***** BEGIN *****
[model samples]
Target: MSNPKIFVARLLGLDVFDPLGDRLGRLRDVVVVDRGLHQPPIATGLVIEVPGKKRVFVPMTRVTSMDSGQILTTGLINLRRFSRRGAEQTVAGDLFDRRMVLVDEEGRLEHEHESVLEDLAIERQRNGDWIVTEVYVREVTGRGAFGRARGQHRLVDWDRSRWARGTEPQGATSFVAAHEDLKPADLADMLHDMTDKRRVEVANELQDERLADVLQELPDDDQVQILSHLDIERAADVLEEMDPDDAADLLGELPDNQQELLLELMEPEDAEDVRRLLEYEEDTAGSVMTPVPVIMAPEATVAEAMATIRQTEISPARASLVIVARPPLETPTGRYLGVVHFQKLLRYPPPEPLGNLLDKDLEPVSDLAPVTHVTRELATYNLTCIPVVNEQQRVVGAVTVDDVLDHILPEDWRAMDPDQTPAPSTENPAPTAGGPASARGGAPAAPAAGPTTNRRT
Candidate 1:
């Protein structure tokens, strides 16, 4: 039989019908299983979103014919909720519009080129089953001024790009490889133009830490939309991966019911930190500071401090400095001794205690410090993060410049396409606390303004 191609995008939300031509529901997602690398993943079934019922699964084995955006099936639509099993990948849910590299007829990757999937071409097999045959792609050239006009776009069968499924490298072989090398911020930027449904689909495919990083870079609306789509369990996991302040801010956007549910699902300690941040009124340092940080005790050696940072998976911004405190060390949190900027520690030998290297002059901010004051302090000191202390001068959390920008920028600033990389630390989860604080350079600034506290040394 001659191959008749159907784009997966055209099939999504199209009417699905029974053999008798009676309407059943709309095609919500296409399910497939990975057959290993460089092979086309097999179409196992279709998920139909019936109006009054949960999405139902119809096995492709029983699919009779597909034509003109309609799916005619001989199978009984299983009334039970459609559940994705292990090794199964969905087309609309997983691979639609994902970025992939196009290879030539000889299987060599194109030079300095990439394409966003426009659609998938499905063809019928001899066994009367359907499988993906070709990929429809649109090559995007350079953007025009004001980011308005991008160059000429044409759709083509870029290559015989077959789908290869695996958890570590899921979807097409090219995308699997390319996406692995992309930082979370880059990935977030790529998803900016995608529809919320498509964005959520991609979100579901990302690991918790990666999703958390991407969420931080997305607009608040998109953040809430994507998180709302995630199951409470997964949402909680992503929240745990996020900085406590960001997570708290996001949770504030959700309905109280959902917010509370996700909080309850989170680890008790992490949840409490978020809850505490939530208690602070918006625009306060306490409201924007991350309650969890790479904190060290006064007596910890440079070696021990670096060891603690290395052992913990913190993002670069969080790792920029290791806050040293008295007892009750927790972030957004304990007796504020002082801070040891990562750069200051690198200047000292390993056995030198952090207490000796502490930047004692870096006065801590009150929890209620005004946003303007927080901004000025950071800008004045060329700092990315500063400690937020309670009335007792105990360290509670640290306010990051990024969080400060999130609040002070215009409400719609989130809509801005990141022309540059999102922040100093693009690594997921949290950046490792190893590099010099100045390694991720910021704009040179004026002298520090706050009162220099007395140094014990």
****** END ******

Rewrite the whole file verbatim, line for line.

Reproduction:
[model samples]
Target: MSNPKIFVARLLGLDVFDPLGDRLGRLRDVVVVDRGLHQPPIATGLVIEVPGKKRVFVPMTRVTSMDSGQILTTGLINLRRFSRRGAEQTVAGDLFDRRMVLVDEEGRLEHEHESVLEDLAIERQRNGDWIVTEVYVREVTGRGAFGRARGQHRLVDWDRSRWARGTEPQGATSFVAAHEDLKPADLADMLHDMTDKRRVEVANELQDERLADVLQELPDDDQVQILSHLDIERAADVLEEMDPDDAADLLGELPDNQQELLLELMEPEDAEDVRRLLEYEEDTAGSVMTPVPVIMAPEATVAEAMATIRQTEISPARASLVIVARPPLETPTGRYLGVVHFQKLLRYPPPEPLGNLLDKDLEPVSDLAPVTHVTRELATYNLTCIPVVNEQQRVVGAVTVDDVLDHILPEDWRAMDPDQTPAPSTENPAPTAGGPASARGGAPAAPAAGPTTNRRT
Candidate 1:
């Protein structure tokens, strides 16, 4: 039989019908299983979103014919909720519009080129089953001024790009490889133009830490939309991966019911930190500071401090400095001794205690410090993060410049396409606390303004 191609995008939300031509529901997602690398993943079934019922699964084995955006099936639509099993990948849910590299007829990757999937071409097999045959792609050239006009776009069968499924490298072989090398911020930027449904689909495919990083870079609306789509369990996991302040801010956007549910699902300690941040009124340092940080005790050696940072998976911004405190060390949190900027520690030998290297002059901010004051302090000191202390001068959390920008920028600033990389630390989860604080350079600034506290040394 001659191959008749159907784009997966055209099939999504199209009417699905029974053999008798009676309407059943709309095609919500296409399910497939990975057959290993460089092979086309097999179409196992279709998920139909019936109006009054949960999405139902119809096995492709029983699919009779597909034509003109309609799916005619001989199978009984299983009334039970459609559940994705292990090794199964969905087309609309997983691979639609994902970025992939196009290879030539000889299987060599194109030079300095990439394409966003426009659609998938499905063809019928001899066994009367359907499988993906070709990929429809649109090559995007350079953007025009004001980011308005991008160059000429044409759709083509870029290559015989077959789908290869695996958890570590899921979807097409090219995308699997390319996406692995992309930082979370880059990935977030790529998803900016995608529809919320498509964005959520991609979100579901990302690991918790990666999703958390991407969420931080997305607009608040998109953040809430994507998180709302995630199951409470997964949402909680992503929240745990996020900085406590960001997570708290996001949770504030959700309905109280959902917010509370996700909080309850989170680890008790992490949840409490978020809850505490939530208690602070918006625009306060306490409201924007991350309650969890790479904190060290006064007596910890440079070696021990670096060891603690290395052992913990913190993002670069969080790792920029290791806050040293008295007892009750927790972030957004304990007796504020002082801070040891990562750069200051690198200047000292390993056995030198952090207490000796502490930047004692870096006065801590009150929890209620005004946003303007927080901004000025950071800008004045060329700092990315500063400690937020309670009335007792105990360290509670640290306010990051990024969080400060999130609040002070215009409400719609989130809509801005990141022309540059999102922040100093693009690594997921949290950046490792190893590099010099100045390694991720910021704009040179004026002298520090706050009162220099007395140094014990």